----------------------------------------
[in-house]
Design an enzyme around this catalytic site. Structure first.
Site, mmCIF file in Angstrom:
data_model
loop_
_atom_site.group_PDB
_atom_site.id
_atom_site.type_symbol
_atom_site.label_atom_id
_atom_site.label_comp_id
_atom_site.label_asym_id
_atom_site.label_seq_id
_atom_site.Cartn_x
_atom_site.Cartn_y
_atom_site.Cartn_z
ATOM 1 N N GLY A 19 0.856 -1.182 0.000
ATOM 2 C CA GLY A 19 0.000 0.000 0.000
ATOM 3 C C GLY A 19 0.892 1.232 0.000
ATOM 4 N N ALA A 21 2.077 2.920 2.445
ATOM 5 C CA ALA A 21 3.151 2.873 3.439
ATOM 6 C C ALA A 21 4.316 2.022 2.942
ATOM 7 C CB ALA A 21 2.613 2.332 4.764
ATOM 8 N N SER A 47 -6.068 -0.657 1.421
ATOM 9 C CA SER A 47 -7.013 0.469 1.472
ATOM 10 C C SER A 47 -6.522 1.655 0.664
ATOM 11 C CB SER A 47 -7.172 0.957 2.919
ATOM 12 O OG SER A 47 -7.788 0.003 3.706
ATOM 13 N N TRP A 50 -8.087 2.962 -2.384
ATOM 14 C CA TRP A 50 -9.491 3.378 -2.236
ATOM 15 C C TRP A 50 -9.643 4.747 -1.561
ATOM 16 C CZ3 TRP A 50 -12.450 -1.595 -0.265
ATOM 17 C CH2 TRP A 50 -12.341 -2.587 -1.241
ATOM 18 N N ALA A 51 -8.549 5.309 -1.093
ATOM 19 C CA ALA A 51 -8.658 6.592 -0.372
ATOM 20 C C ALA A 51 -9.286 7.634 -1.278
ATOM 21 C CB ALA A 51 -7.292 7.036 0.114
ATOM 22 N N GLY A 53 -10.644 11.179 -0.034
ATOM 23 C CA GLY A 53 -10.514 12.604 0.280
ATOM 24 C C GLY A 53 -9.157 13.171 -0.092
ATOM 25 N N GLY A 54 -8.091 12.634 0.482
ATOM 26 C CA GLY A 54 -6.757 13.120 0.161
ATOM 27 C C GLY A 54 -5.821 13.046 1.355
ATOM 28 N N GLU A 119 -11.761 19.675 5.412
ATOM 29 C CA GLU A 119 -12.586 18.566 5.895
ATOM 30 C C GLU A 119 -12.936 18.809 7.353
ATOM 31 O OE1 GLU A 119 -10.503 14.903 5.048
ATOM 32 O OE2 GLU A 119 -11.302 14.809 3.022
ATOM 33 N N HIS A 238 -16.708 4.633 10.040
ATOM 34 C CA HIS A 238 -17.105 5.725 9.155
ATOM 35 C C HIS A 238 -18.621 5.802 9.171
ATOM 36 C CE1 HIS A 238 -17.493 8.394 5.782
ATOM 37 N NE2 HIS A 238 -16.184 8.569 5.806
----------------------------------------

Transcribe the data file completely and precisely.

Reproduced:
[in-house]
Design an enzyme around this catalytic site. Structure first.
Site, mmCIF file in Angstrom:
data_model
loop_
_atom_site.group_PDB
_atom_site.id
_atom_site.type_symbol
_atom_site.label_atom_id
_atom_site.label_comp_id
_atom_site.label_asym_id
_atom_site.label_seq_id
_atom_site.Cartn_x
_atom_site.Cartn_y
_atom_site.Cartn_z
ATOM 1 N N GLY A 19 0.856 -1.182 0.000
ATOM 2 C CA GLY A 19 0.000 0.000 0.000
ATOM 3 C C GLY A 19 0.892 1.232 0.000
ATOM 4 N N ALA A 21 2.077 2.920 2.445
ATOM 5 C CA ALA A 21 3.151 2.873 3.439
ATOM 6 C C ALA A 21 4.316 2.022 2.942
ATOM 7 C CB ALA A 21 2.613 2.332 4.764
ATOM 8 N N SER A 47 -6.068 -0.657 1.421
ATOM 9 C CA SER A 47 -7.013 0.469 1.472
ATOM 10 C C SER A 47 -6.522 1.655 0.664
ATOM 11 C CB SER A 47 -7.172 0.957 2.919
ATOM 12 O OG SER A 47 -7.788 0.003 3.706
ATOM 13 N N TRP A 50 -8.087 2.962 -2.384
ATOM 14 C CA TRP A 50 -9.491 3.378 -2.236
ATOM 15 C C TRP A 50 -9.643 4.747 -1.561
ATOM 16 C CZ3 TRP A 50 -12.450 -1.595 -0.265
ATOM 17 C CH2 TRP A 50 -12.341 -2.587 -1.241
ATOM 18 N N ALA A 51 -8.549 5.309 -1.093
ATOM 19 C CA ALA A 51 -8.658 6.592 -0.372
ATOM 20 C C ALA A 51 -9.286 7.634 -1.278
ATOM 21 C CB ALA A 51 -7.292 7.036 0.114
ATOM 22 N N GLY A 53 -10.644 11.179 -0.034
ATOM 23 C CA GLY A 53 -10.514 12.604 0.280
ATOM 24 C C GLY A 53 -9.157 13.171 -0.092
ATOM 25 N N GLY A 54 -8.091 12.634 0.482
ATOM 26 C CA GLY A 54 -6.757 13.120 0.161
ATOM 27 C C GLY A 54 -5.821 13.046 1.355
ATOM 28 N N GLU A 119 -11.761 19.675 5.412
ATOM 29 C CA GLU A 119 -12.586 18.566 5.895
ATOM 30 C C GLU A 119 -12.936 18.809 7.353
ATOM 31 O OE1 GLU A 119 -10.503 14.903 5.048
ATOM 32 O OE2 GLU A 119 -11.302 14.809 3.022
ATOM 33 N N HIS A 238 -16.708 4.633 10.040
ATOM 34 C CA HIS A 238 -17.105 5.725 9.155
ATOM 35 C C HIS A 238 -18.621 5.802 9.171
ATOM 36 C CE1 HIS A 238 -17.493 8.394 5.782
ATOM 37 N NE2 HIS A 238 -16.184 8.569 5.806